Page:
SALEM — It seems the stage is being set for a showdown over plans for a new senior center.
The mayor needs eight of 11 councilors to approve a new financing plan for the proposed community life center at the corner of Boston and Bridge streets. The matter will come before the City Council for the first time next Thursday, Feb. 14.
But three councilors voted against the plan for the senior center in 2009, and if all of them maintain their opposition, it would take only one more vote to kill the project.
The financing plan would be the final OK needed to build the Gateway Center, a public/private development that would include offices, 374 parking spaces and a 20,000 square-foot community center — a project that has been years in coming.
Four years ago, Councilors Jerry Ryan, Michael Sosnowski and Arthur Sargent — all of whom are still on the council — voted against locating a new senior center at Boston and Bridge streets. The rest of the council voted to approve a purchase and sale agreement to purchase a condominium on the first floor of the building for a new senior center.
Ryan says he’s still opposed, because he would prefer a stand-alone senior center.
“I’m pretty sure there’s going to be debate on the location,” Ryan said this week. “I understand what (the mayor) is trying to do, she’s trying to get that corner built. ... Myself, I have an issue with the location.”
Sosnowski and Sargent could not be reached for comment.
Driscoll said she’s briefed councilors who weren’t on the board in 2009.
“We don’t have a Plan B,” Driscoll said. “... This needs eight votes, (and) I’m concerned we may not get there.”
Councilor Robert McCarthy, who voted in favor of the project in 2009, said he hasn’t looked over the details of the mayor’s financing proposal yet, but is in favor of the Boston and Bridge streets location.
“The question isn’t where anybody thinks it should go. The question in front of us is financing,” said McCarthy. “I’m still supportive of the location if the funding works; I just need to look at it (the financing proposal).”
The City Council will meet at 7 p.m. on Thursday at City Hall.
Ryan, the council president, said the board will probably vote to send the financing proposal to committee, possibly the subcommittee on administration and finance, to vet the proposal before it comes back to the full council for a vote.
Longtime Councilor Joseph O’Keefe said the board has already discussed the center’s location, and shouldn’t revisit the debate.
“We spent enough time researching what’s the best place, and in my mind this is the best place,” said O’Keefe. “I feel we should move on with this project. It’s been talked about so long. ... Why open up the whole discussion (again)?”
Councilor Josh Turiel also said he’s in favor of giving the project the green light.
“What we have right now is the best compromise we can get to, and also the best chance to get it built at a reasonable price,” said Turiel. “... I would have supported doing it as part of St. Joseph’s (church redevelopment, which was considered as a location), but now that it’s all put together (for Bridge and Boston streets), I will support it.”
Turiel said there is “a vocal contingent” that wants the senior center in a different location, but “we already have (council) consensus on this site. It makes sense.”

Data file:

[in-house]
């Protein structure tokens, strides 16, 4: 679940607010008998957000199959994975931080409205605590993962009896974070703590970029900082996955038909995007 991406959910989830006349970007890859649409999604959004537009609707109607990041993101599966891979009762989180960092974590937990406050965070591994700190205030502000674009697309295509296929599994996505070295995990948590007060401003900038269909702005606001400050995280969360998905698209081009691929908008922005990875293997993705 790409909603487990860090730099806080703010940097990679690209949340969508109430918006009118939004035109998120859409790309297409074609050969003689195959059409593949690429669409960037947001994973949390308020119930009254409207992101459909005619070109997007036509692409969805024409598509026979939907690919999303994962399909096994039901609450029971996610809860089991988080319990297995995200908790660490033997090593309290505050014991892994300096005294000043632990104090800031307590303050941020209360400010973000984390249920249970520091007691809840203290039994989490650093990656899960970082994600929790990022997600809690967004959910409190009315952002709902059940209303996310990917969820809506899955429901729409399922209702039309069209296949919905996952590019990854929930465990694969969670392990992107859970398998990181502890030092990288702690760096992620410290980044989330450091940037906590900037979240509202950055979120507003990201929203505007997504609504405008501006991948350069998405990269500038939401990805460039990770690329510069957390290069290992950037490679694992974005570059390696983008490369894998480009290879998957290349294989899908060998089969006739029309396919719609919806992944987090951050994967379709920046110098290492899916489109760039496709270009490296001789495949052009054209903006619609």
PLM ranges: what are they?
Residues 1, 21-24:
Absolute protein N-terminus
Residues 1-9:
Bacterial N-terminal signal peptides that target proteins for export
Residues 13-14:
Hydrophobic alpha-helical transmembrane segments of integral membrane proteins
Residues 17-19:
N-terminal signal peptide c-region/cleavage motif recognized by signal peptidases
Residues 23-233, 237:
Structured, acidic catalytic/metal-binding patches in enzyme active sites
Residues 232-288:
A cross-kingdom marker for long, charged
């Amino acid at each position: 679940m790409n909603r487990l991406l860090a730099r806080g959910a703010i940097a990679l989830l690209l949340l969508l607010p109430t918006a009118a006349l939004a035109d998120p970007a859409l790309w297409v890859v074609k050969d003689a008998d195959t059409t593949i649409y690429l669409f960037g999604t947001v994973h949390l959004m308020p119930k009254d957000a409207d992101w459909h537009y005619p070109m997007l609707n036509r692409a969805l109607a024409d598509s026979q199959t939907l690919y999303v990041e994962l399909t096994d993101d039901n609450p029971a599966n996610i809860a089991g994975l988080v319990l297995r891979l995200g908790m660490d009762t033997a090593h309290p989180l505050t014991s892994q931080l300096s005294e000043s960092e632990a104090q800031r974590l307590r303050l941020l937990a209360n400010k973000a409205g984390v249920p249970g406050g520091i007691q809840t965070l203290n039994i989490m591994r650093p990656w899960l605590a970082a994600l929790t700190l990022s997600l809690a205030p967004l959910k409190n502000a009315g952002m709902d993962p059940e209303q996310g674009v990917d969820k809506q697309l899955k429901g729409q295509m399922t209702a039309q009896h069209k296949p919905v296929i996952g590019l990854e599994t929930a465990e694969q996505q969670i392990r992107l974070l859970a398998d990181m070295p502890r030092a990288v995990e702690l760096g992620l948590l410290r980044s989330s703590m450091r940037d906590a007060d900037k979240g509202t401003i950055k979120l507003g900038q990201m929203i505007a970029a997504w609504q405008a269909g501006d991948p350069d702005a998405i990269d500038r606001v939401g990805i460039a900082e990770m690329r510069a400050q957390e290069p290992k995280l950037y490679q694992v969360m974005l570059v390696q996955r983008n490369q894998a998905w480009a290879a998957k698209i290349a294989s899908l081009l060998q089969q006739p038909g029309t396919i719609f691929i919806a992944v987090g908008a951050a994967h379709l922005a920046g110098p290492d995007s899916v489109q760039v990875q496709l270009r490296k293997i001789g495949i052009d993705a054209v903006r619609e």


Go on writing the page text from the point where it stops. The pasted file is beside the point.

The road to a new senior center in Salem has been long and controversial. Multiple locations have been considered over the tenure of several mayors.
In 2009, a committee headed by then-councilors Joan Lovely and Matt Veno vetted several locations for a community life center. After seeking input from across the city, the committee chose three sites to recommend to the mayor.
After further investigation, she chose the Boston and Bridge streets location, in part because of finances -- a price tag of $4.9 million, as opposed to an estimated $7 million at the other locations.
The city signed a $5 million purchase-and-sale agreement with developer High Rock LLC to buy a large portion of a proposed four-story building for a senior/community life center. The remainder of the building is slated for professional offices, such as medical and law offices.
The parcel at the corner of Boston and Bridge streets, the former site of a Sylvania plant, has been vacant for years. The city’s Council on Aging currently operates at 5 Broad St. — a facility the mayor says has long been outgrown.
“I’m embarrassed when I walk into our senior center now,” said Driscoll. “The time is now. We can’t afford to wait.”
Driscoll is asking councilors to approve a bond to pay for the city’s portion of the project. The estimated $400,000 in property tax revenue the development should bring in would cover the annual bond payments, she said.
“This feels like the sprint to the finish of a very long race,” Veno said.
If the financing proposal is voted down, the city not only will lose the community center but the redevelopment of a long-vacant lot, Driscoll said. High Rock officials have said they would not go ahead with the project without the community center as the anchor.
If the financing is approved, construction could start as soon as possible, Driscoll said.
Councilor William Legault, who was appointed to the board last month, said he has yet to make a decision about the project’s financing.
“There’s still numbers to be crunched,” said Legault. “I will keep looking at the numbers and information, meet with people and make a decision when the time comes.
“I have heard from a few people, not many. I’m not getting a whole lot of negative feedback (about the project),” Legault said. “People are tired of this discussion (over location) coming up every time the senior center comes up.”
Bethany Bray can be reached at email@example.com and on Twitter @SalemNewsBB.